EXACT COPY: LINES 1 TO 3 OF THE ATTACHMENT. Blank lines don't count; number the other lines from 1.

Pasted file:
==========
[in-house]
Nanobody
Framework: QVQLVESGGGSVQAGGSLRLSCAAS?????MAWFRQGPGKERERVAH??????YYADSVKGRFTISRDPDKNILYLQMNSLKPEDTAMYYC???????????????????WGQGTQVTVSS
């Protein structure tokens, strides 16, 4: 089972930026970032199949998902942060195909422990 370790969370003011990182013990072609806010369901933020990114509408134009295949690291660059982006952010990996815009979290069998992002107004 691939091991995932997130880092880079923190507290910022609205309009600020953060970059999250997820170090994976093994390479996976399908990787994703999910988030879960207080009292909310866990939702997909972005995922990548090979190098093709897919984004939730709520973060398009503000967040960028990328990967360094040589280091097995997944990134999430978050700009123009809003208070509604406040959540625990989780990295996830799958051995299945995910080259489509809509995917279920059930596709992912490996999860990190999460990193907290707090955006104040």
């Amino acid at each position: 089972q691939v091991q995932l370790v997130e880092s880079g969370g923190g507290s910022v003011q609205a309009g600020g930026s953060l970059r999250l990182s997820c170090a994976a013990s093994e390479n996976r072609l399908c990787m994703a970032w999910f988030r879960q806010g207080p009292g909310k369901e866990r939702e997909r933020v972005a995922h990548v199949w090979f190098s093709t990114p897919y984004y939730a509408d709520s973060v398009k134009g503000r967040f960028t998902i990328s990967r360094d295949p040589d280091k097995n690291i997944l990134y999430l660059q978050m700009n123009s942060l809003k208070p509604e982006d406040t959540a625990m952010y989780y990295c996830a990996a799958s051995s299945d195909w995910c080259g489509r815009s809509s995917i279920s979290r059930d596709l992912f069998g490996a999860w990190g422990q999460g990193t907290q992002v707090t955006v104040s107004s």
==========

[in-house]
Nanobody
Framework: QVQLVESGGGSVQAGGSLRLSCAAS?????MAWFRQGPGKERERVAH??????YYADSVKGRFTISRDPDKNILYLQMNSLKPEDTAMYYC???????????????????WGQGTQVTVSS